Goodwin Presidency Highlights | 1998 to 2016


  • More than doubled, from 2,040 in 1998 to 4,235 in 2015
  • Major strategic growth into graduate, online and nontraditional adult student markets; now more than half the student body

Programmatic growth

  • Rose from 49 programs in 1998 to 64 in 2015
  • Academic reorganization into six schools, providing for stronger disciplinary connections of faculty and students

Academic strength

  • Major accreditations in 2002 and 2012
  • Four Fulbright Scholars among faculty
  • US News "best regional university" ranking
  • Money magazine "best colleges" ranking
  • Study-abroad programs up from three in 1998 to 10 in 2015

Catholic identity

  • Creation of the Braegelman Program in Catholic Studies
  • Creation of the Oreck-Alpern Interreligious Forum
  • Creation of the associate vice presidency for Mission Integration
  • Creation of the Dignitas first-year program, which introduces students to Benedictine values, the Catholic intellectual tradition, and Catholic social teaching
  • Worked with Association of Benedictine Colleges and Universities to develop a program on Catholic and Benedictine identity for senior leaders at Benedictine colleges and universities


  • Increased proportions of students and employees who are people of color
  • Creation of a cabinet-level Chief Diversity Officer position in 2013
  • Multicultural Leadership Student Orientation won the 2012 Touchstone Award of the Duluth-Superior Area Community Foundation


  • Budget more than doubled, from $34 million in 1998 to $73 million in 2015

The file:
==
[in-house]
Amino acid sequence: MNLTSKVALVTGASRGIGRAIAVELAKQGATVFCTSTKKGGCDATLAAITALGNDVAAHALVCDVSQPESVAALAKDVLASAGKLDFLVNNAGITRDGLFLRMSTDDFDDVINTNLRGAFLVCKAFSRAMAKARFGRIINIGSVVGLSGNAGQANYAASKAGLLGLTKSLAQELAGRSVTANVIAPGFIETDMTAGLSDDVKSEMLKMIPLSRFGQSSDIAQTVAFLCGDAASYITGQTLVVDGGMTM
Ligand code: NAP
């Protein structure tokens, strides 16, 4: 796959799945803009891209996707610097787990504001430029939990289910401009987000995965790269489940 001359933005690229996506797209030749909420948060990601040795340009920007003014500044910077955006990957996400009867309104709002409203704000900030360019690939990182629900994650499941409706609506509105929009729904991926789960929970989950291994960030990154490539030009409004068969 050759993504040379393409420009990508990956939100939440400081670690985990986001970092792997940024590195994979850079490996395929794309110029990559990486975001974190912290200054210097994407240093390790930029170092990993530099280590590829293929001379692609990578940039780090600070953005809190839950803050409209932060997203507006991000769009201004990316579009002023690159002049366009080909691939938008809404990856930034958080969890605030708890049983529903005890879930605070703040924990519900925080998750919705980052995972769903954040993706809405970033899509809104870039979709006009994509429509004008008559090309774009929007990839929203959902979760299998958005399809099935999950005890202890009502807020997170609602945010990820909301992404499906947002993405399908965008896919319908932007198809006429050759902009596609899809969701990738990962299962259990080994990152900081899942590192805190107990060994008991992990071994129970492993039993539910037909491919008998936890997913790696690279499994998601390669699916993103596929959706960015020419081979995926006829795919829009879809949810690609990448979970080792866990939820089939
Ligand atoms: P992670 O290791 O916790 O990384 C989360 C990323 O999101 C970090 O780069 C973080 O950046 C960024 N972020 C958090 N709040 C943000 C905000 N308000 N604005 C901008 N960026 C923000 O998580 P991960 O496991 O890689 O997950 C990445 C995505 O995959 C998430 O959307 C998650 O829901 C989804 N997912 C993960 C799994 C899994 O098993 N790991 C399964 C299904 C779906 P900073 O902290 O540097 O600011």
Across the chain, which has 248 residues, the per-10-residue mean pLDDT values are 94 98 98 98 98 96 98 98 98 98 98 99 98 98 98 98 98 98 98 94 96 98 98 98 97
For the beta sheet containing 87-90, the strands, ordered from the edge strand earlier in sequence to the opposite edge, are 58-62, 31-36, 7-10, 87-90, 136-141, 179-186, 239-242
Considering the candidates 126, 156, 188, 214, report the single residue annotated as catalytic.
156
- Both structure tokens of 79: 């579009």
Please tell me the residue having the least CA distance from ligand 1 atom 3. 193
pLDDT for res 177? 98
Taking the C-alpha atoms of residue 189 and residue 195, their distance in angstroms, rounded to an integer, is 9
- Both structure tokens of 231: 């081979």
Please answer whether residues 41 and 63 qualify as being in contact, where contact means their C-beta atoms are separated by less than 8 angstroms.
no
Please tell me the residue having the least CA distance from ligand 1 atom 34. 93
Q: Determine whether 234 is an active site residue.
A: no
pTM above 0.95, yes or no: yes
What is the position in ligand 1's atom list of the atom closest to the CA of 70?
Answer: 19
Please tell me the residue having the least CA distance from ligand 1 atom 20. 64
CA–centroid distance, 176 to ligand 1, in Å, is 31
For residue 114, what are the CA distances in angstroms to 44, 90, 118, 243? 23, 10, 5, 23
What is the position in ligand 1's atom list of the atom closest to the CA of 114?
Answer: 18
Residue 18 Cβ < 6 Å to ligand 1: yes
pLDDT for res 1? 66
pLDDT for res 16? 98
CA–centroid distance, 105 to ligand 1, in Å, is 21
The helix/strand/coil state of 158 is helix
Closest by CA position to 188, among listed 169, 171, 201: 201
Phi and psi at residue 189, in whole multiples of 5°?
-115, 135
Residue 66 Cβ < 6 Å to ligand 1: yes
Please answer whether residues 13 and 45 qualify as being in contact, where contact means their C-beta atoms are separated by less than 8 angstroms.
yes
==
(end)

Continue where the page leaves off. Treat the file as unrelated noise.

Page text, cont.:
• Positive net incomes for 15 consecutive years
  • Endowment rose from $15 million in 1998 to $70 million in 2015

Capital campaigns

  • Imagine Tomorrow – raised $35 million for scholarships, endowment, and facilities
  • The Science Initiative – funded a $16 million expansion to the Science Center, facilitating 40,000 square feet of new laboratories, classrooms, offices and Benedictine Commons
  • The Campaign for the Second Century – in first year of a projected seven-year effort with an initial working goal of raising $50 million for scholarships and endowment, a graduate health sciences campus, and upgrading iconic campus buildings


  • Campuses
    • Accelerated adult degree completion and graduate program expansions in St. Cloud, St. Paul, Rochester
    • Arizona
  • Buildings
    • Mars Lakeview Arena, developed with Marshall School
    • Burns Wellness Commons plus academic addition
    • Cedar, Kerst and Scanlon residence halls
    • Major expansion of Science Center (see above)


  • Programs rose from 12 in 1998 to 22 in 2015
  • Successfully promoted strategic enrollment goals through added programs such as football and women's ice hockey
  • Facilities
    • Mars Lakeview Arena (see above)
    • Soccer/football practice field turfed
    • Burns Wellness Commons (see above)